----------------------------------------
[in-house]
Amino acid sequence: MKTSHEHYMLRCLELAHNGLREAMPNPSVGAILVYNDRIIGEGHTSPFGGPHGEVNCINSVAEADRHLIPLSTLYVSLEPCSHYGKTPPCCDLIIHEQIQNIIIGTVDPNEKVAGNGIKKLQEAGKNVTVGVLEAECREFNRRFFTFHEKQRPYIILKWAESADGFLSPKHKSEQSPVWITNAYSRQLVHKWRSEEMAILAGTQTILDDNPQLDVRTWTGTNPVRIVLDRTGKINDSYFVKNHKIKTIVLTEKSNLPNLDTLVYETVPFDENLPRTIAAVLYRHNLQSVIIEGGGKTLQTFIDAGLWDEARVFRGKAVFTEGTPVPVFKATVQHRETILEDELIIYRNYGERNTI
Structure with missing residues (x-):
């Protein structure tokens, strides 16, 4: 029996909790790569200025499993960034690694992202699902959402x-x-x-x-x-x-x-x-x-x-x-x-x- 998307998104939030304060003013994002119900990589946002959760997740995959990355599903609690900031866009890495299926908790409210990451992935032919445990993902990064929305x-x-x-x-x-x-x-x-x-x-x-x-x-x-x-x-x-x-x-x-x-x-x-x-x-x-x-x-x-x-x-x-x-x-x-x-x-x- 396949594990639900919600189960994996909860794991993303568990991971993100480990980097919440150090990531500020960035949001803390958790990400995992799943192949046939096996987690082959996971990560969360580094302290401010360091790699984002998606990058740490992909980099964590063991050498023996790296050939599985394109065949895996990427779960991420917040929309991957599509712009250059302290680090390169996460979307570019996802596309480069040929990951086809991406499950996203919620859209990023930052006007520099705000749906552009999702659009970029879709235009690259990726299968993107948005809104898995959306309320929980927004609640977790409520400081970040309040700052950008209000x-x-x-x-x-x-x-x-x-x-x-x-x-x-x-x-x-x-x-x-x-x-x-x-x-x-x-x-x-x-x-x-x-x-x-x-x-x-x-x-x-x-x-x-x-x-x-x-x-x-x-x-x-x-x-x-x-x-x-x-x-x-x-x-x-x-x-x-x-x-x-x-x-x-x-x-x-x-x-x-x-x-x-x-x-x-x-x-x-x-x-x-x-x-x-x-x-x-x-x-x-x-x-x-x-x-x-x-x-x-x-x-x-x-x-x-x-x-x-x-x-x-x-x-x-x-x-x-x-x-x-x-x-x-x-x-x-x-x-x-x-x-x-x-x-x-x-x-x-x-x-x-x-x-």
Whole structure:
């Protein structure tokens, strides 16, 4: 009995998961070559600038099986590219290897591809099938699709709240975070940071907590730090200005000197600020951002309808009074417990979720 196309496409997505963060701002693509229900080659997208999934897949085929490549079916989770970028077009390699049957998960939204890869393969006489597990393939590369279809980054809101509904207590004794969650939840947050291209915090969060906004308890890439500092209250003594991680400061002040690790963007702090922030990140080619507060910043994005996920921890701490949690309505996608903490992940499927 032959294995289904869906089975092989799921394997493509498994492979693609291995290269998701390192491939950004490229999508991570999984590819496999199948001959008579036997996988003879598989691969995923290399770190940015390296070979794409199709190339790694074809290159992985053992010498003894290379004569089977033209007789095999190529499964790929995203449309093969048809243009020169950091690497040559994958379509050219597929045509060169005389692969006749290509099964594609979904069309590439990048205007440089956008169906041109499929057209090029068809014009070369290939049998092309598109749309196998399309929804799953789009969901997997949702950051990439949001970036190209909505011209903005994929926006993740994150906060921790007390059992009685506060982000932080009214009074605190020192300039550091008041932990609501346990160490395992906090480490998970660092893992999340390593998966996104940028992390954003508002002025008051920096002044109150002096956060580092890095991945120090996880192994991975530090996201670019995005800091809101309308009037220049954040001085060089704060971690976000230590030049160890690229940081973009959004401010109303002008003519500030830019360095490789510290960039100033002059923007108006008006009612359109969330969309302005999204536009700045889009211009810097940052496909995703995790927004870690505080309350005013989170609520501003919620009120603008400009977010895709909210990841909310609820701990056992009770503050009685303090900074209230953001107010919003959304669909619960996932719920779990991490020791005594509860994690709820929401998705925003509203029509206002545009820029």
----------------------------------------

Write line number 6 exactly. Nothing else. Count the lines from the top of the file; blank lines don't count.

């Protein structure tokens, strides 16, 4: 009995998961070559600038099986590219290897591809099938699709709240975070940071907590730090200005000197600020951002309808009074417990979720 196309496409997505963060701002693509229900080659997208999934897949085929490549079916989770970028077009390699049957998960939204890869393969006489597990393939590369279809980054809101509904207590004794969650939840947050291209915090969060906004308890890439500092209250003594991680400061002040690790963007702090922030990140080619507060910043994005996920921890701490949690309505996608903490992940499927 032959294995289904869906089975092989799921394997493509498994492979693609291995290269998701390192491939950004490229999508991570999984590819496999199948001959008579036997996988003879598989691969995923290399770190940015390296070979794409199709190339790694074809290159992985053992010498003894290379004569089977033209007789095999190529499964790929995203449309093969048809243009020169950091690497040559994958379509050219597929045509060169005389692969006749290509099964594609979904069309590439990048205007440089956008169906041109499929057209090029068809014009070369290939049998092309598109749309196998399309929804799953789009969901997997949702950051990439949001970036190209909505011209903005994929926006993740994150906060921790007390059992009685506060982000932080009214009074605190020192300039550091008041932990609501346990160490395992906090480490998970660092893992999340390593998966996104940028992390954003508002002025008051920096002044109150002096956060580092890095991945120090996880192994991975530090996201670019995005800091809101309308009037220049954040001085060089704060971690976000230590030049160890690229940081973009959004401010109303002008003519500030830019360095490789510290960039100033002059923007108006008006009612359109969330969309302005999204536009700045889009211009810097940052496909995703995790927004870690505080309350005013989170609520501003919620009120603008400009977010895709909210990841909310609820701990056992009770503050009685303090900074209230953001107010919003959304669909619960996932719920779990991490020791005594509860994690709820929401998705925003509203029509206002545009820029």